“Apollo,” he began, as if addressing a tribe of Kalahari bushmen who knew nothing of the modern world, “was the name of a U.S. space program that landed men on the moon. There were six landings between 1969 and 1972. Apollo 11 through 17. They left a small American flag at each site.”
Everyone, with the exception of Max, laughed. “You’re making that up,” Hyon-hui giggled. “Nobody’s been to the moon!”
Mitch shook his head. “Apollo 11. 1969. Neil Armstrong stepped out and said, ‘That’s one small step for a man. One giant leap for mankind.’ Probably the most well known phrase of the Twentieth Century.” They just stared. How could they not know. “Haven’t you ever seen the photograph of the Earth taken from Apollo 14?” They hadn’t and refused to believe any of it.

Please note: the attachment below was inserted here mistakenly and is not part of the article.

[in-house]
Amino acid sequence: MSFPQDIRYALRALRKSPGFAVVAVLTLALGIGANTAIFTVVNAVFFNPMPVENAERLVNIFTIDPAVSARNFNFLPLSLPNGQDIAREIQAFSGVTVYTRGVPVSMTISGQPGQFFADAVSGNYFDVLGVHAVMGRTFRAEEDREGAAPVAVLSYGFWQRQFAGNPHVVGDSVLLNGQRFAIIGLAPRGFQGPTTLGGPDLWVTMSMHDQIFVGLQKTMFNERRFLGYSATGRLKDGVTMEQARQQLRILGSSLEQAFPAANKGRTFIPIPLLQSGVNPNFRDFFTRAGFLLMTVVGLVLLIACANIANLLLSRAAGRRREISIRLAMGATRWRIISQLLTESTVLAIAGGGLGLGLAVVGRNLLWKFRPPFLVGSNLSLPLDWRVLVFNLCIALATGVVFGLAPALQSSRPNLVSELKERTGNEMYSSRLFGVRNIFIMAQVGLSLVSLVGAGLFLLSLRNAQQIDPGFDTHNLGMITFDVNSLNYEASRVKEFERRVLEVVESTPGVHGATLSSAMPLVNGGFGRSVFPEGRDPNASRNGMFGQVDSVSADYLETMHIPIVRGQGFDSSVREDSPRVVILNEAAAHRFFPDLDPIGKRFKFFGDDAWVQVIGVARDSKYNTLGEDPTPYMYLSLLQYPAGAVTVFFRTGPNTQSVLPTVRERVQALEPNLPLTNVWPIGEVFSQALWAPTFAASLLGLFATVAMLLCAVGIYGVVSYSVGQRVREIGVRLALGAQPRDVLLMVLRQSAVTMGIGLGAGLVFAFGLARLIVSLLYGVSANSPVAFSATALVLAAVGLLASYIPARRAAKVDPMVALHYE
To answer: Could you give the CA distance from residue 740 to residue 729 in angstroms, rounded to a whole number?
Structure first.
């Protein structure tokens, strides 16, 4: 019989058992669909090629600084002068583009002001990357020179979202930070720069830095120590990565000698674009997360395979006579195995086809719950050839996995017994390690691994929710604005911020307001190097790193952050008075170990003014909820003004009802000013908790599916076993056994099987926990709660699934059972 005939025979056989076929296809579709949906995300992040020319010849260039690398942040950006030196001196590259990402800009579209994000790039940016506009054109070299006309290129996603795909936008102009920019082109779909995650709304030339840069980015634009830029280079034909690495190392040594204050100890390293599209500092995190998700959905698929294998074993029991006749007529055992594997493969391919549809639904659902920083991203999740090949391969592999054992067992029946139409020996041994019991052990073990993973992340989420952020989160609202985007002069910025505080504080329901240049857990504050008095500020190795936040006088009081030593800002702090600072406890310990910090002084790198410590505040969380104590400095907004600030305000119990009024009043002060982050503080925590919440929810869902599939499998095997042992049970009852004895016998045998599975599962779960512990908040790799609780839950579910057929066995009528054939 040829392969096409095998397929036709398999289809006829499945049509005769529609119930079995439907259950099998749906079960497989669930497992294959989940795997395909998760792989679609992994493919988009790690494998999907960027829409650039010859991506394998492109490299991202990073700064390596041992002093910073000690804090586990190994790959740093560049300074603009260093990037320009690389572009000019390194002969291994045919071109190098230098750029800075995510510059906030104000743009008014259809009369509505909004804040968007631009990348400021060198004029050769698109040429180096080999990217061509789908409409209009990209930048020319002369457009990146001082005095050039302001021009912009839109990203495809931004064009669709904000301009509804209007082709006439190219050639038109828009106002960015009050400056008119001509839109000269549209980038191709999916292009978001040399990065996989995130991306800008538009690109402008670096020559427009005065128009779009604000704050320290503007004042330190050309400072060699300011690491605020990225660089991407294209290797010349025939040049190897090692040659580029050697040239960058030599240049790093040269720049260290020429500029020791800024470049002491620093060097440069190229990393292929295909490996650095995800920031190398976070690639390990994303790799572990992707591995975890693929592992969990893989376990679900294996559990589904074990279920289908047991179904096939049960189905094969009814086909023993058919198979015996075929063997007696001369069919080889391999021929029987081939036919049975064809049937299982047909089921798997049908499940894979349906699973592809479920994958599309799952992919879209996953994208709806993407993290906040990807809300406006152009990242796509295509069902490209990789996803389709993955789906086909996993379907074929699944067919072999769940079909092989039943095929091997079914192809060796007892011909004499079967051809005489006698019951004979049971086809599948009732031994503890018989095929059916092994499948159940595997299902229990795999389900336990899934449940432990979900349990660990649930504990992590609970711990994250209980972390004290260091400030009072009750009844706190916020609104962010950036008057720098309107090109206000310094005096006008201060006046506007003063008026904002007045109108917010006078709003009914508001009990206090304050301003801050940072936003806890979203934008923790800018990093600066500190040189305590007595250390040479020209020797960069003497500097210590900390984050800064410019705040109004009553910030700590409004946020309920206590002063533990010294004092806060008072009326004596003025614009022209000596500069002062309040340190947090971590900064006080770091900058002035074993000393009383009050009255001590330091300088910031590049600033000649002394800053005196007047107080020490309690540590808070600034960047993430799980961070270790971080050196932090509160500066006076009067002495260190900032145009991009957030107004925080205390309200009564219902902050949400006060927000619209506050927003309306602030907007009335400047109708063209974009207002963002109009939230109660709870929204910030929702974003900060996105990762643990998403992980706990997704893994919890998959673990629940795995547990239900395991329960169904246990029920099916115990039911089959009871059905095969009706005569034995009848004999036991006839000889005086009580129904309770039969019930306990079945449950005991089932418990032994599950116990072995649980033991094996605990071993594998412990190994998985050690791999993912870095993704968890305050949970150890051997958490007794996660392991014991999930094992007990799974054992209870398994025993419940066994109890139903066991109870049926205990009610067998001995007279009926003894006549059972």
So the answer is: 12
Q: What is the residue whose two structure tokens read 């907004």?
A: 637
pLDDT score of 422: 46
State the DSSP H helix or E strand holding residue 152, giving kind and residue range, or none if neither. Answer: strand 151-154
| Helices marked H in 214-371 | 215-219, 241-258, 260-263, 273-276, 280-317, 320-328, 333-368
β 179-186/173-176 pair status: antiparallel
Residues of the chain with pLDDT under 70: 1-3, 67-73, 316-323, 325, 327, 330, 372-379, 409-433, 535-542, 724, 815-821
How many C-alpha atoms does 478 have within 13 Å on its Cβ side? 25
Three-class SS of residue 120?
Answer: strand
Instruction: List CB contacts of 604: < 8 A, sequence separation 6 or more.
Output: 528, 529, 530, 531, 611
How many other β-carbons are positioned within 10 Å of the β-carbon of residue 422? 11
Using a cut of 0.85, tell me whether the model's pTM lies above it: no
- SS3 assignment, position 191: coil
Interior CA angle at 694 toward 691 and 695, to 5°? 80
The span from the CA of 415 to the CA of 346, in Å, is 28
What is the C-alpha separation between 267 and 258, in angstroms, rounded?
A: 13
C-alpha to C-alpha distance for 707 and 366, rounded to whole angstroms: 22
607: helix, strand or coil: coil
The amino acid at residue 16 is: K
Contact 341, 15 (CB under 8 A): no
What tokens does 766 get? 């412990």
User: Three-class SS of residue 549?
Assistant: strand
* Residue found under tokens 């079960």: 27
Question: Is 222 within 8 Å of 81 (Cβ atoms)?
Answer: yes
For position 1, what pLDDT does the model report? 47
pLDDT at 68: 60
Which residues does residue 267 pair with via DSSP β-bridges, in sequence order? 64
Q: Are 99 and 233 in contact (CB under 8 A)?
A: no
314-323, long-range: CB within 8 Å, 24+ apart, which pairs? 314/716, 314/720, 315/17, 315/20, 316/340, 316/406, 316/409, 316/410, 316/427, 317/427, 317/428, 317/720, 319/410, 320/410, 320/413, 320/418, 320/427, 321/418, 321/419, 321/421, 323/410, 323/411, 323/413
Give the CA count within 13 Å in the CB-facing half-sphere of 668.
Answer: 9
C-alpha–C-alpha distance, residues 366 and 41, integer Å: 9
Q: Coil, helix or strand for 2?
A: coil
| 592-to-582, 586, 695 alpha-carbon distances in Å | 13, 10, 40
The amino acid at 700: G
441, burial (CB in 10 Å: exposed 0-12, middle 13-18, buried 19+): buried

Mitch remembered, as they’d been preparing to leave on the Mikisan Maru, how he’d felt the United States and Korea were more alike than he could have imagined. The bureaucracy. The waste. That was before P’yongyang. He’d been a fool to think that, even for an instant. Sure, there were lazy and corrupt administrators everywhere. But the United States, even at its worst, was nothing like this and never had been. Nowhere on Earth was like this place.
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